In the heart of downtown Denver and nestled in the RiNo Arts District resides MOTH Contemporary Circus Center. MOTH is helmed by the multi-talented Deena Marcum Selko who is the center’s owner in addition to serving as the artistic director, head coach and performer. Five and a half years ago, Selko came to Denver from Vermont bringing with her over 15 years of experience as a professional aerial performer, circus arts professional, teacher and dancer.

Upon arrival, Selko began performing in shows and teaching privately. Two of Selko’s early students were Cassidy Vallin and Kristina Shelton, both of whom began training in the circus arts from a very young age.

Vallin and Shelton tumble through the air as they practice their duo trapeze act. Photo by Nick Annis.

“I started [training in the circus arts] when I was eight years old. My sister got into circus through a friend and then she pulled me in with her,” Vallin said.

Shelton found her way into the circus world through the doorway of competitive dance. “Our ballet teacher took us to see a recital and somebody got lifted up on a rope at the end. I looked at my mom and was like, I want to do that,” Shelton said.

Over four years ago, Vallin and Shelton met Selko while learning the circus arts in a studio located in Evergreen, Colorado and began studying under her.

Shelton balances Vallin on the trapeze.

In April of 2015, Selko opened MOTH’s studio in RiNo where she offers a space for students and professionals alike to train under and collaborate alongside a bevy of incredibly talented coaches, all of whom are highly skilled in a myriad of circus talents.

“The difference with MOTH, between any of the other schools, is that we’re [a] full-on circus. Most of the other schools are only aerial. Circus being that there are ground acts, character work and much more. You have to have both air and ground skills to be competitive in the circus world,” Selko said.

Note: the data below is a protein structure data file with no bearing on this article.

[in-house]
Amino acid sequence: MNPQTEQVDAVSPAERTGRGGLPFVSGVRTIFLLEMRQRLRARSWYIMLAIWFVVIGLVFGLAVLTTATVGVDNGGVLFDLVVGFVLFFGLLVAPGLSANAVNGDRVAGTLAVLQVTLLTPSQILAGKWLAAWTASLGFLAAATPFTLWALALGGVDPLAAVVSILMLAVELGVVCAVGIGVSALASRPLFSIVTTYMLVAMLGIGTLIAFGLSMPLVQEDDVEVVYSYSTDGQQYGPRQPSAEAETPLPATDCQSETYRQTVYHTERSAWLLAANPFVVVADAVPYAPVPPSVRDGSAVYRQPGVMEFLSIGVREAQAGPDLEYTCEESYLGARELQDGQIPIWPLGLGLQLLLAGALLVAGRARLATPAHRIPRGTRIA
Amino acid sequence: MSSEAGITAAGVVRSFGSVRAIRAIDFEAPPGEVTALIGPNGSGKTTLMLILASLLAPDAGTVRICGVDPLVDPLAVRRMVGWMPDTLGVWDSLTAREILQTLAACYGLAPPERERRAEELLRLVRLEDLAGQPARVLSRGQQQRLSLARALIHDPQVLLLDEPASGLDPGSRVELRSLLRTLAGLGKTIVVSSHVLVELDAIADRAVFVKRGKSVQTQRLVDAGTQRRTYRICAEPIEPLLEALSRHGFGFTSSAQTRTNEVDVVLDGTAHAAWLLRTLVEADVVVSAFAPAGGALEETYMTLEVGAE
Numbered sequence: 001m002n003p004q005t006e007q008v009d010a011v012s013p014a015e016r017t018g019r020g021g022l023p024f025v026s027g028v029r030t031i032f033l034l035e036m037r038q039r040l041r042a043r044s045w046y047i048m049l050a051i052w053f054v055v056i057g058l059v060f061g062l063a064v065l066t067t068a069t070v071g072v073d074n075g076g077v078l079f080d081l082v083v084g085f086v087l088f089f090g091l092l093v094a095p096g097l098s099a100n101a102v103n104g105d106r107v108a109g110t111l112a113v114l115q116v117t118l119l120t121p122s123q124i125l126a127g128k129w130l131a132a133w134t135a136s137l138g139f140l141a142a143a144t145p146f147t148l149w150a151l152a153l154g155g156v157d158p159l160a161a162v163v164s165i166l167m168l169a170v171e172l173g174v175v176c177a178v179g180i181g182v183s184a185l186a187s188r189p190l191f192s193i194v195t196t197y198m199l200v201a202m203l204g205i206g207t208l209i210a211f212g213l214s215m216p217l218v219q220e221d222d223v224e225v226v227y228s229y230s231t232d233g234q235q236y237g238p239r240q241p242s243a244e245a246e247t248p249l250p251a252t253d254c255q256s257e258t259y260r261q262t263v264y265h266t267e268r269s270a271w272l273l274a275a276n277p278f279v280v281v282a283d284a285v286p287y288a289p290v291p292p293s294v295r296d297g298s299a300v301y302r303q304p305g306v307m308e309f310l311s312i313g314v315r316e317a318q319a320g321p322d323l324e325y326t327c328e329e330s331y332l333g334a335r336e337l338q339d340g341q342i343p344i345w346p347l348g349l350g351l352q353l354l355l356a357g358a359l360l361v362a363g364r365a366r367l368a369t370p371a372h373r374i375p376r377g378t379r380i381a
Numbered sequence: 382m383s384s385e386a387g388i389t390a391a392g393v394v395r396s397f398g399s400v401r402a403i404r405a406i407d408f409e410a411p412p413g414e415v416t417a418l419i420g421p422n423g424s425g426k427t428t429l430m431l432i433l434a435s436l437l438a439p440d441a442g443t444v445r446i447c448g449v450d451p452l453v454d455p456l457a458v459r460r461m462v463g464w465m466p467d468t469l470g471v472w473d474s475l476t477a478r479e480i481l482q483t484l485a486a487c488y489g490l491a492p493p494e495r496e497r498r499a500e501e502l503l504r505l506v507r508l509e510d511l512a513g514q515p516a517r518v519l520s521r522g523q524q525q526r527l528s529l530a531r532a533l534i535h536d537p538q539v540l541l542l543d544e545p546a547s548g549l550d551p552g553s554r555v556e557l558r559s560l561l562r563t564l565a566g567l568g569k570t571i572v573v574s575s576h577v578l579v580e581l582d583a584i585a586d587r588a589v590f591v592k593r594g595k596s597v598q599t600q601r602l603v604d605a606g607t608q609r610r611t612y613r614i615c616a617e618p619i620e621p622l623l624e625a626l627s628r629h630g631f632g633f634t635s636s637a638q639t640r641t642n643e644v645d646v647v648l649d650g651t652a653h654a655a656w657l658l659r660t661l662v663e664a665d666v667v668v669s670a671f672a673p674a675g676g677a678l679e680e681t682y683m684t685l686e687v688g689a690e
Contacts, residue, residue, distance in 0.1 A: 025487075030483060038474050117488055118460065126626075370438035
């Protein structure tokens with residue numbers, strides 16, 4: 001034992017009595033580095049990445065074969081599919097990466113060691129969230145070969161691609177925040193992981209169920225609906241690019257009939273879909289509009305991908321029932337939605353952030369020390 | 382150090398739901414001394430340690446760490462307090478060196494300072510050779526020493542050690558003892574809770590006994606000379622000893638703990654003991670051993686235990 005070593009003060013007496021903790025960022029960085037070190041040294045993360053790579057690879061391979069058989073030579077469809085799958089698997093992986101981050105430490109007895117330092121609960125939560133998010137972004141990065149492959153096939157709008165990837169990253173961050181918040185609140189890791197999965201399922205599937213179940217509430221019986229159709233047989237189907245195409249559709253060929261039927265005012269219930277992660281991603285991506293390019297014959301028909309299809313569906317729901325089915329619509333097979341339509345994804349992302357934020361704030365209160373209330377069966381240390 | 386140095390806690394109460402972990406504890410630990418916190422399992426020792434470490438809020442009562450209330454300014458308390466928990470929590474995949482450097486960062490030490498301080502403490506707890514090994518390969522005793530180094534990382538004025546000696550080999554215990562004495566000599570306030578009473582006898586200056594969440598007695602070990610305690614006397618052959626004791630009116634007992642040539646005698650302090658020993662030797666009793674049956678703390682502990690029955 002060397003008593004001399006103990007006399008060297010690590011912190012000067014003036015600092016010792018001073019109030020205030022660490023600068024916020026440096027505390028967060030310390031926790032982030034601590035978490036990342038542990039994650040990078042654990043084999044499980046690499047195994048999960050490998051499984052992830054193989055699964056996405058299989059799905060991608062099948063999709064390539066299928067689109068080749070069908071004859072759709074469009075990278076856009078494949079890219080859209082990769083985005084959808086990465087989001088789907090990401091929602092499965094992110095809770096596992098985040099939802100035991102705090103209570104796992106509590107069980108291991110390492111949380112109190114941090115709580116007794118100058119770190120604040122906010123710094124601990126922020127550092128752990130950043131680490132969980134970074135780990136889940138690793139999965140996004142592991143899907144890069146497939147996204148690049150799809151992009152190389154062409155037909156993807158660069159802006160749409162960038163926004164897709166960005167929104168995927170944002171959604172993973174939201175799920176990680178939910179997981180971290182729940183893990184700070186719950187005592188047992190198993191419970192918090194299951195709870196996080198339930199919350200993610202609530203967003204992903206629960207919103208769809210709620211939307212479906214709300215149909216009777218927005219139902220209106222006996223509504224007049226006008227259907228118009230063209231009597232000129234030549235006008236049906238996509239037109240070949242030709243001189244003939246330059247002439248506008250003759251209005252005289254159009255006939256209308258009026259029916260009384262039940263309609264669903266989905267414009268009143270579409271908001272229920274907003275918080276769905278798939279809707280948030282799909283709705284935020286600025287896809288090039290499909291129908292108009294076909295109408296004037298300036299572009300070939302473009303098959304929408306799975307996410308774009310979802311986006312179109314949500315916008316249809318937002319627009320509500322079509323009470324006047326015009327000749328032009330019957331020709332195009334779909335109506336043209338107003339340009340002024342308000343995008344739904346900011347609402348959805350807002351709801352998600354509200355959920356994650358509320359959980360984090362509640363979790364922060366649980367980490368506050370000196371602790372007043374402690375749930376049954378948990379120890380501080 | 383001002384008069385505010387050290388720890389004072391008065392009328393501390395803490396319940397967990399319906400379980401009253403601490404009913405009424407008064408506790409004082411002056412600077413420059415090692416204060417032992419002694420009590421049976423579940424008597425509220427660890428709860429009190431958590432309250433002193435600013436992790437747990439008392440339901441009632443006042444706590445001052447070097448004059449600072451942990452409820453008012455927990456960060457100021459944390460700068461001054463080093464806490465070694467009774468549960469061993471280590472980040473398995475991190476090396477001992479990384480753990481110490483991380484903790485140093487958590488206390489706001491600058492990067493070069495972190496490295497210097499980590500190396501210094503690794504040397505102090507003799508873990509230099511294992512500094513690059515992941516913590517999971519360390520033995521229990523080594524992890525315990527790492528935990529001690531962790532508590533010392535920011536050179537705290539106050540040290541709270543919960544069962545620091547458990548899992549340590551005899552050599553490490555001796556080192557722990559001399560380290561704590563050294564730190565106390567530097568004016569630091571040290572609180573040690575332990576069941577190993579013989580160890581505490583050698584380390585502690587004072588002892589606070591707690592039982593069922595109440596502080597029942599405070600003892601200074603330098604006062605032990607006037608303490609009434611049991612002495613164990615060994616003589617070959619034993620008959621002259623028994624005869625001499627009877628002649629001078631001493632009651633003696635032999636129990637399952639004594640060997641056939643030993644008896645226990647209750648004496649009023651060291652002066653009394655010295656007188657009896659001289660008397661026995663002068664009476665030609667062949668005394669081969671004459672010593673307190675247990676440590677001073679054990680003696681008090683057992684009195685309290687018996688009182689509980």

She went on to emphasize that MOTH’s programs are about striving for excellence whether trainees are pursuing professional or recreational circus arts training. The passion and expertise offered by Selko is why students like Vallin and Shelton followed her from Evergreen to Denver. Even though it is quite a commute for both girls, they train diligently 10 to 12 hours a week at MOTH as part of the professional youth training program.

“In the circus world, [there’s] a stereotype for Stag Trapeze – where it’s a man base and girl flyer – so there’s a bigger base and a smaller flyer, but we wanted to switch it up.”

All of that continued dedication and hard work paid off for Vallin and Shelton this past February as the pair took home two prizes each in the Student Series at the Vegas International Variety Acts Festival (VIVAFest). VIVAFest is a youth and professional circus competition held in Las Vegas. The festival is centered around bringing the circus community together for a weekend of competition, learning and community.

Vallin and Shelton competed both as solo competitors and together with their duo act. Vallin was awarded first place with her solo Static Trapeze act, while Shelton took third place on the Static Lyra. Together, they performed a Duo Trapeze act that won the pair first place. Their duo act features both performers on a Stag Trapeze and pushes past expected stereotypes.

“In the circus world, [there’s] a stereotype for Stag Trapeze – where it’s a man base and girl flyer — so there’s a bigger base and a smaller flyer, but we wanted to switch it up,” Vallin elaborated.

The girls have settled back into their routine of training at MOTH after the excitement of winning at VIVAFest. Vallin is working on her invented apparatus, the Hexagon, while Shelton continues to focus on honing her Cloud Swing and Tippy Lyra in preparation for MOTH’s upcoming student showcase. They will also be performing their award-winning duo as part of the student show on June 4 in the Byron Theater of the Newman Center, which MOTH has recently made their home performance space.

MOTH’s training programs are focused towards giving people the possibility of professional careers in the circus arts.  The recently sold-out L’ectrique Dollhouse circus show, put on by MOTH Poetic Circus (MOTH’s professional performance company) at the McNichols Civic Center Building on February 11, proves that possibility is attainable. This is encouraging for the new generation of circus-hopefuls like Vallin and Shelton, who dream of performing under the big-top for as long as possible.

All photography by Nick Annis.

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